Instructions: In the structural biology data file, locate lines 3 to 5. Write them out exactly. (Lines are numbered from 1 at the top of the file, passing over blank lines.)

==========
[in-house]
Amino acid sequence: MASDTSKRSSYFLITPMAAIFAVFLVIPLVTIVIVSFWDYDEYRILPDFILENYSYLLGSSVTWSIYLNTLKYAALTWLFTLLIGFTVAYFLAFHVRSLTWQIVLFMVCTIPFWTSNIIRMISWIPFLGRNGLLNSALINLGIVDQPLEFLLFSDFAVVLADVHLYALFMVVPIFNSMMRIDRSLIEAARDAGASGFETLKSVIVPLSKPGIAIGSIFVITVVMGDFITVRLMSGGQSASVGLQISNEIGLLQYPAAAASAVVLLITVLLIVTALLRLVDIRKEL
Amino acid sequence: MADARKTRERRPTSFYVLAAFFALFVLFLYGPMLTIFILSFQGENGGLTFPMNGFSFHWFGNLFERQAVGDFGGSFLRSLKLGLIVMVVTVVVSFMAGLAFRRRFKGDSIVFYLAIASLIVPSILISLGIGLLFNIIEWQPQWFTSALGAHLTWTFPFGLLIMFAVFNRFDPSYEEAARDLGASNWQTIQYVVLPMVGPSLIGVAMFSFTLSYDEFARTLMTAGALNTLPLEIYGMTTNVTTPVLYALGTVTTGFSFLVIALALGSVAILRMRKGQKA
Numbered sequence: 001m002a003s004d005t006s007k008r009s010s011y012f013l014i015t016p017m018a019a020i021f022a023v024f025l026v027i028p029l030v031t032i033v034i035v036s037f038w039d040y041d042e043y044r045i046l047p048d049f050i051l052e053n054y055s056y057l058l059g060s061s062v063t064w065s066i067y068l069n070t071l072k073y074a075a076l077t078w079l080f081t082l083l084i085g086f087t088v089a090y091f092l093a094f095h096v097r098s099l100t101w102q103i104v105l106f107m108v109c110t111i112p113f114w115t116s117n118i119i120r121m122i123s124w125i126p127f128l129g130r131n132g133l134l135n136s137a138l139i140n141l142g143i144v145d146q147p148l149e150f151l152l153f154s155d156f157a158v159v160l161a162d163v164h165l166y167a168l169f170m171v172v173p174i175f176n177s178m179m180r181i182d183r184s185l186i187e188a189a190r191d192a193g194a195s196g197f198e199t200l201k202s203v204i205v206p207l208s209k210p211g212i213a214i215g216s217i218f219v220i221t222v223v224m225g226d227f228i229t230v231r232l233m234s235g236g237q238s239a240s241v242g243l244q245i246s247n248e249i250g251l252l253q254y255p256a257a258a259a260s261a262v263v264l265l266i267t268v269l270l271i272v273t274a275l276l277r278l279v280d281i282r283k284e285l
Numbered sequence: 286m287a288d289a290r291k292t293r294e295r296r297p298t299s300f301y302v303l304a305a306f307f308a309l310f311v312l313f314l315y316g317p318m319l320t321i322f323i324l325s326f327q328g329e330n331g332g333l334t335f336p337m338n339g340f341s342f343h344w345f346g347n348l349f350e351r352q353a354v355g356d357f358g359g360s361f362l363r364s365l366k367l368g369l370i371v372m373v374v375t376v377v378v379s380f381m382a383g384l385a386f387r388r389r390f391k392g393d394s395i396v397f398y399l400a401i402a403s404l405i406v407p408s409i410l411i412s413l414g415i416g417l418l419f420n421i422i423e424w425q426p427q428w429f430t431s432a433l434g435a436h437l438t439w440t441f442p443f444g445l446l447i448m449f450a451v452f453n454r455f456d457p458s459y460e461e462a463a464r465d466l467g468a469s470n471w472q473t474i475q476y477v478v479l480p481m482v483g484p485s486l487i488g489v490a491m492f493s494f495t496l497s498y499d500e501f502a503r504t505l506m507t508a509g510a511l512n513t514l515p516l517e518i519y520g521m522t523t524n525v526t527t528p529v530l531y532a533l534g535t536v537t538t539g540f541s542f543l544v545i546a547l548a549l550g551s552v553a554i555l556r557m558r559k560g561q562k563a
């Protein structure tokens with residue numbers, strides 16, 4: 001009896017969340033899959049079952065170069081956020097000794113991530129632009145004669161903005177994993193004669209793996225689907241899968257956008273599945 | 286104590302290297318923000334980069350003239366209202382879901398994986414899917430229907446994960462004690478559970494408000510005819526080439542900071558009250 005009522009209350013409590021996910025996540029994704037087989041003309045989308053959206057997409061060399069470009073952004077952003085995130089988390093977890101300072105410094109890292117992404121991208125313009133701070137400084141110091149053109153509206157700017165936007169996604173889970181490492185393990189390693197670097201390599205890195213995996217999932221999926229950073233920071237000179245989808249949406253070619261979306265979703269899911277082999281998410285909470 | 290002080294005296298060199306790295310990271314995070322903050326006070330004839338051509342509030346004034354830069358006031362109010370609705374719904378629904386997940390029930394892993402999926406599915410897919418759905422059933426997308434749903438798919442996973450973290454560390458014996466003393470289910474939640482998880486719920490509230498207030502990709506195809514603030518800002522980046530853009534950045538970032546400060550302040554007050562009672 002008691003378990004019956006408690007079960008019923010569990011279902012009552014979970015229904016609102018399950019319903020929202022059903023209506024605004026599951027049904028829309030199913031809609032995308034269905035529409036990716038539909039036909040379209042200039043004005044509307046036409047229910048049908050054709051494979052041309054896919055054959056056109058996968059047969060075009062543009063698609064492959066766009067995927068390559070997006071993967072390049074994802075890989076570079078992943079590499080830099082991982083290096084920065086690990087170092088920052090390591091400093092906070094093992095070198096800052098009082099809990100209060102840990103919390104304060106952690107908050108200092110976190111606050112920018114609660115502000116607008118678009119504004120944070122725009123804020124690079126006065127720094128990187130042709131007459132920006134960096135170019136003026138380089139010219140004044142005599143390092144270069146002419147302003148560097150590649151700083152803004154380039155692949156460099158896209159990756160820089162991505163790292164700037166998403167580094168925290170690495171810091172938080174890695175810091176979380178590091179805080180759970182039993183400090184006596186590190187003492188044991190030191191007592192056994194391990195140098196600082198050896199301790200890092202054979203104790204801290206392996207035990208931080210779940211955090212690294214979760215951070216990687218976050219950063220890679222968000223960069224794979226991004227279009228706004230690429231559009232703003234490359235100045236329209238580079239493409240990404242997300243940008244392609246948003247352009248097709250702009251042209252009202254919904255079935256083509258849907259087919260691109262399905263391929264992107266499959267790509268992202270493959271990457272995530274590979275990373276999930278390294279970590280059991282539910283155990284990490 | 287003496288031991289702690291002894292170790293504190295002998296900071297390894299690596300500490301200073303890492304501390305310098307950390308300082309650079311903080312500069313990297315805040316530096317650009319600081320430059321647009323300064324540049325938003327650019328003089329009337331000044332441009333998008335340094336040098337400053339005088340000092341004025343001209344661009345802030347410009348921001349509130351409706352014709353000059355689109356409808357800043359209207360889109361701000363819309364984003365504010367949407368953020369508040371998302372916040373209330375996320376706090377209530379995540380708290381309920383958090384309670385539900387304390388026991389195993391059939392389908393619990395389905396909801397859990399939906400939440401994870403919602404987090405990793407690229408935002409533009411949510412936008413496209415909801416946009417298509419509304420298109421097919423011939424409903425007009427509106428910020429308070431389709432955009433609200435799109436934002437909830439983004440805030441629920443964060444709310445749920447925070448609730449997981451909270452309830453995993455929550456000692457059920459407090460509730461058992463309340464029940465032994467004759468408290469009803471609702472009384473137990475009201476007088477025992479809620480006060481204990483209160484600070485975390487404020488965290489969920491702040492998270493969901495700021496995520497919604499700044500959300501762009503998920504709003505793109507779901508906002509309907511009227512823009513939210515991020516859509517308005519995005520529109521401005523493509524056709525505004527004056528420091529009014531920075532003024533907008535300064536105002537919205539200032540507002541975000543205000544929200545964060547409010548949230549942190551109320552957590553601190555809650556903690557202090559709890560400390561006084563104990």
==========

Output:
Amino acid sequence: MADARKTRERRPTSFYVLAAFFALFVLFLYGPMLTIFILSFQGENGGLTFPMNGFSFHWFGNLFERQAVGDFGGSFLRSLKLGLIVMVVTVVVSFMAGLAFRRRFKGDSIVFYLAIASLIVPSILISLGIGLLFNIIEWQPQWFTSALGAHLTWTFPFGLLIMFAVFNRFDPSYEEAARDLGASNWQTIQYVVLPMVGPSLIGVAMFSFTLSYDEFARTLMTAGALNTLPLEIYGMTTNVTTPVLYALGTVTTGFSFLVIALALGSVAILRMRKGQKA
Numbered sequence: 001m002a003s004d005t006s007k008r009s010s011y012f013l014i015t016p017m018a019a020i021f022a023v024f025l026v027i028p029l030v031t032i033v034i035v036s037f038w039d040y041d042e043y044r045i046l047p048d049f050i051l052e053n054y055s056y057l058l059g060s061s062v063t064w065s066i067y068l069n070t071l072k073y074a075a076l077t078w079l080f081t082l083l084i085g086f087t088v089a090y091f092l093a094f095h096v097r098s099l100t101w102q103i104v105l106f107m108v109c110t111i112p113f114w115t116s117n118i119i120r121m122i123s124w125i126p127f128l129g130r131n132g133l134l135n136s137a138l139i140n141l142g143i144v145d146q147p148l149e150f151l152l153f154s155d156f157a158v159v160l161a162d163v164h165l166y167a168l169f170m171v172v173p174i175f176n177s178m179m180r181i182d183r184s185l186i187e188a189a190r191d192a193g194a195s196g197f198e199t200l201k202s203v204i205v206p207l208s209k210p211g212i213a214i215g216s217i218f219v220i221t222v223v224m225g226d227f228i229t230v231r232l233m234s235g236g237q238s239a240s241v242g243l244q245i246s247n248e249i250g251l252l253q254y255p256a257a258a259a260s261a262v263v264l265l266i267t268v269l270l271i272v273t274a275l276l277r278l279v280d281i282r283k284e285l
Numbered sequence: 286m287a288d289a290r291k292t293r294e295r296r297p298t299s300f301y302v303l304a305a306f307f308a309l310f311v312l313f314l315y316g317p318m319l320t321i322f323i324l325s326f327q328g329e330n331g332g333l334t335f336p337m338n339g340f341s342f343h344w345f346g347n348l349f350e351r352q353a354v355g356d357f358g359g360s361f362l363r364s365l366k367l368g369l370i371v372m373v374v375t376v377v378v379s380f381m382a383g384l385a386f387r388r389r390f391k392g393d394s395i396v397f398y399l400a401i402a403s404l405i406v407p408s409i410l411i412s413l414g415i416g417l418l419f420n421i422i423e424w425q426p427q428w429f430t431s432a433l434g435a436h437l438t439w440t441f442p443f444g445l446l447i448m449f450a451v452f453n454r455f456d457p458s459y460e461e462a463a464r465d466l467g468a469s470n471w472q473t474i475q476y477v478v479l480p481m482v483g484p485s486l487i488g489v490a491m492f493s494f495t496l497s498y499d500e501f502a503r504t505l506m507t508a509g510a511l512n513t514l515p516l517e518i519y520g521m522t523t524n525v526t527t528p529v530l531y532a533l534g535t536v537t538t539g540f541s542f543l544v545i546a547l548a549l550g551s552v553a554i555l556r557m558r559k560g561q562k563a